In a recent op-ed in The New York Times, Theresa Brown, an oncology nurse, wrote about the inadequacy of doctor/patient communications. She astutely zeroed in on one major point: it doesn’t matter what a doctor or nurse says, only what the patient hears.
In my book, Simple: Conquering the Crisis of Complexity, I discussed the need for empathy when writing, speaking, drawing or otherwise communicating. While the unfamiliarity of medical terminology is often what springs to mind as a communication impediment, several other factors also play a role in miscommunication.
One key element is the context of the interaction. A patient lying in bed, talking to a doctor who is standing over her, is an unnatural setting for conversation. Similarly, the patient never knows when a doctor will appear; as a result she is unprepared to capture vital information. Of course, the anxiety associated with medical news often blurs memories and clouds mental processing, but even just realizing the setting can be revelatory.
As Ms. Brown mentioned, studies show that a doctor sitting down, rather than standing, improves the interaction because it makes the doctor seem more interested in the conversation and less hurried. It also helps when doctors verbally repeat what a patient says to affirm that there is mutual understanding. Providing a pen and paper for patients to write down questions and record answers can also aid retention of key information.
Another communications issue is the degree of engagement. This has become critical with the advent of electronic records. Doctors spend the majority of a conversation inputting data on a computer, rather than making eye contact with the patient. This is a dehumanizing scenario, which is likely to make patients feel that they are “interrupting” the doctor if they speak over his typing.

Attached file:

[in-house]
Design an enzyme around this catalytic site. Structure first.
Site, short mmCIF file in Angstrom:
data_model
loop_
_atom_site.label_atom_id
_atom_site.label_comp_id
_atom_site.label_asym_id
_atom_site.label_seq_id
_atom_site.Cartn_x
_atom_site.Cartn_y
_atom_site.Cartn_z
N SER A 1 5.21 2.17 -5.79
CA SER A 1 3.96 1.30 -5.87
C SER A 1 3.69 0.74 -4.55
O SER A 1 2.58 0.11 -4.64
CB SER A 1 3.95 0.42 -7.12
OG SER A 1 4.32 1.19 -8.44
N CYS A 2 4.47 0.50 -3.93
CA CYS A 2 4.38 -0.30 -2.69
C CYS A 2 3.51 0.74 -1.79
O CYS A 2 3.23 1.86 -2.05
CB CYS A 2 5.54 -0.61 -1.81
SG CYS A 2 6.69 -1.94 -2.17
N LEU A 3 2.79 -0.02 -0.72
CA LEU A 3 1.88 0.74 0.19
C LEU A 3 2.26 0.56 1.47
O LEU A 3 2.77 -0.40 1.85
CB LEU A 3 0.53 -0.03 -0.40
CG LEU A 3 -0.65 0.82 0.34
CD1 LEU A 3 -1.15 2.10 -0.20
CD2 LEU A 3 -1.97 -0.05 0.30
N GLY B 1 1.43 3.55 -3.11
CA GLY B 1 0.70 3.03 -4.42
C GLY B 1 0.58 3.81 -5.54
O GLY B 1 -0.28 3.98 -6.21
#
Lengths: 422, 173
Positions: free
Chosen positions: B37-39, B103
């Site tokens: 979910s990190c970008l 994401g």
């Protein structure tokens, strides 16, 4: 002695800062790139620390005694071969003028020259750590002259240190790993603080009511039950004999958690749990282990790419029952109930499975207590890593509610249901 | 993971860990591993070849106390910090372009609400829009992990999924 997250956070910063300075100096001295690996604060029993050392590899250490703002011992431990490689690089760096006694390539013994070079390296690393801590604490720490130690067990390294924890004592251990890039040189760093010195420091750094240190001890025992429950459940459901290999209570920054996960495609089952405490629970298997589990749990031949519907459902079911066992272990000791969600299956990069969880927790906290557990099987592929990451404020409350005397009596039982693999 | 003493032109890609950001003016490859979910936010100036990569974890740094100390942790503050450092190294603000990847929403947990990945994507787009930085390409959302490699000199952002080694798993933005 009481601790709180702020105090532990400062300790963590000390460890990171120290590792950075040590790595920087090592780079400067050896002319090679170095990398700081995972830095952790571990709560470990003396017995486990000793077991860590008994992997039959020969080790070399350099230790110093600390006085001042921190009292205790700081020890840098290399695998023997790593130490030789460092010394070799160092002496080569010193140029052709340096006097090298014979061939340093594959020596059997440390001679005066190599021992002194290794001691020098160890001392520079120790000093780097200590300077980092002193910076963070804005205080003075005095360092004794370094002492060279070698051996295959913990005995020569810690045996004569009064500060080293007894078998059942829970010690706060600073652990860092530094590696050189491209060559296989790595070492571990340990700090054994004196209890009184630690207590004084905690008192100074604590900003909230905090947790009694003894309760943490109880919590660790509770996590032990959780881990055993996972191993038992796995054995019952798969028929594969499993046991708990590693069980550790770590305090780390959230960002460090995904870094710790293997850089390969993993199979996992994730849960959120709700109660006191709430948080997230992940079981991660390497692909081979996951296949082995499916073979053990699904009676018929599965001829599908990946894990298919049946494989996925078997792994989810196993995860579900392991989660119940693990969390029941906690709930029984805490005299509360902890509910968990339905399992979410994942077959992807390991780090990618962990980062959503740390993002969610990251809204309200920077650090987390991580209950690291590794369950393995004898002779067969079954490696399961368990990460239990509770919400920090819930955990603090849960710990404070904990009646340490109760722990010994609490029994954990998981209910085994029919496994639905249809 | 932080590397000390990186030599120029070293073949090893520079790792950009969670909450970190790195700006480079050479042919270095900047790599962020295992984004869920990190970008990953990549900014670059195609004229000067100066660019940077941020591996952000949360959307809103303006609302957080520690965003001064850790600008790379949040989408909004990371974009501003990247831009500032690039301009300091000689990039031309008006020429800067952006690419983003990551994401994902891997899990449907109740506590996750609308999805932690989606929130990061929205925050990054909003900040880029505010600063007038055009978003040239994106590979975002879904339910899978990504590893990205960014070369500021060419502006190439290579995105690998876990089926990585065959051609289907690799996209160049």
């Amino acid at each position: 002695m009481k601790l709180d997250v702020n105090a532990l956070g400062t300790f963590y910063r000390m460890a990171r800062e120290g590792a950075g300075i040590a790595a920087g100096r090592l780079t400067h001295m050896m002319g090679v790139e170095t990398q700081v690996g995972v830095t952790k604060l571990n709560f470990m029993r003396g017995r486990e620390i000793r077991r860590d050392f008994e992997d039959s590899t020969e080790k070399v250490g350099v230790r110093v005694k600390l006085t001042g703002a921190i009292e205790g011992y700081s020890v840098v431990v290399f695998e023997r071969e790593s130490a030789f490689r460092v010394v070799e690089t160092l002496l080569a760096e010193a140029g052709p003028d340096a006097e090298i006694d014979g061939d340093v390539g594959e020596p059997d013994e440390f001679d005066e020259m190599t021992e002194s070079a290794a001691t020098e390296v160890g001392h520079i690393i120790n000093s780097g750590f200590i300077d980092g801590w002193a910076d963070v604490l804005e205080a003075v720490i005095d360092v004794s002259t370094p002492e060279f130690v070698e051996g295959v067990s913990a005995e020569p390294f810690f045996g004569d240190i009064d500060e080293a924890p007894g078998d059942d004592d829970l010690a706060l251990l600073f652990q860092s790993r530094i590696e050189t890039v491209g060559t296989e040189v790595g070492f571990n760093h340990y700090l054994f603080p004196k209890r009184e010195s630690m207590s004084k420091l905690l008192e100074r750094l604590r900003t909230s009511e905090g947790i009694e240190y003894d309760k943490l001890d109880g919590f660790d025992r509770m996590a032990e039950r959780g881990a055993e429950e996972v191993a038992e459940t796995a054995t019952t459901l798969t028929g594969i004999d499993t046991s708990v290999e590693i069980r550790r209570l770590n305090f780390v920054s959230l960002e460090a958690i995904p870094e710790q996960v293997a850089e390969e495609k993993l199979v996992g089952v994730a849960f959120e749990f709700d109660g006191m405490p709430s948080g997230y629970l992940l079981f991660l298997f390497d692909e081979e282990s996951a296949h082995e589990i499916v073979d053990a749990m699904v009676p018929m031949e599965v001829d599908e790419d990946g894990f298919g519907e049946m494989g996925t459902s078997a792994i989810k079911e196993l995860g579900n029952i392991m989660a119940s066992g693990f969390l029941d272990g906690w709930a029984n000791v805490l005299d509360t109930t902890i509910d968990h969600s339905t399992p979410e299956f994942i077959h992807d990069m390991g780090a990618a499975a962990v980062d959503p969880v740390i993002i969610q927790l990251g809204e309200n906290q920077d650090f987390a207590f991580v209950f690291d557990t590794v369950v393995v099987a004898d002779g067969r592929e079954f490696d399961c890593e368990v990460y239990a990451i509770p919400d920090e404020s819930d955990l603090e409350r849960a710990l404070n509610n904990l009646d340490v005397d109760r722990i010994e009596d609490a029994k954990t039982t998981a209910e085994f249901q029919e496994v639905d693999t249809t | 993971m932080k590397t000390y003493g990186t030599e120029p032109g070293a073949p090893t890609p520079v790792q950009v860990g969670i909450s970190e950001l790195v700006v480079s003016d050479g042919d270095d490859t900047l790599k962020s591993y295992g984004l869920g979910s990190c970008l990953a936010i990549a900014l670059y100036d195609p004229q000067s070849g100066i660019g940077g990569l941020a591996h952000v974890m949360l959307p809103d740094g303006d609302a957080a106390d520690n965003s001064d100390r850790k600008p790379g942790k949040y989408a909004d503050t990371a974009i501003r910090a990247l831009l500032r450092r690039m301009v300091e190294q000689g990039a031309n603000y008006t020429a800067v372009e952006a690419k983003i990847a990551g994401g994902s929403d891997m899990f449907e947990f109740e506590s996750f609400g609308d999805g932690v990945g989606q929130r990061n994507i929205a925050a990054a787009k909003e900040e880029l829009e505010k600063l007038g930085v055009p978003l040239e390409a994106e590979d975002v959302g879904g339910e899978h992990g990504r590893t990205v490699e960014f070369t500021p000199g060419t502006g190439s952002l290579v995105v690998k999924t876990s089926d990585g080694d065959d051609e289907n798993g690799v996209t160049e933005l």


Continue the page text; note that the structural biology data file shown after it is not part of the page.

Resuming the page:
Lack of time also leads to poor communication. Doctors are not the villains in this piece. Ponder the fact that a dermatologist must sign his name on forms almost 30,000 times a year, according to an article in the Southern Medical Journal, and you can sympathize with their curt interactions. Add the fact that they are working 20-hour shifts in hospitals and the stage is set for brisk, abrupt conversation.
What to do? Eliminate all the unnecessary complexity in the hospital experience and mitigate what must remain. Most hospitals, insurers and healthcare providers tweak and modify small moments of the patient experience but rarely step back and take a comprehensive, blank-slate approach. Voluminous paperwork, repetitive questions, confusing care instructions, multiple phone trees and intimidating terminology all affect the patient experience—often adversely.
A rare few healthcare institutions recognize that empathy is the key to clarity and simplicity. Patient experience is the culmination of myriad interactions—every sight, sound and engagement is important. As one leading hospital found, simply noting the questions and impressions formed by patients during their journey from diagnosis to treatment can be remarkably revealing, and lead to insights for improvement.
Mapping a patient journey illustrates several “hassle factors” that surface: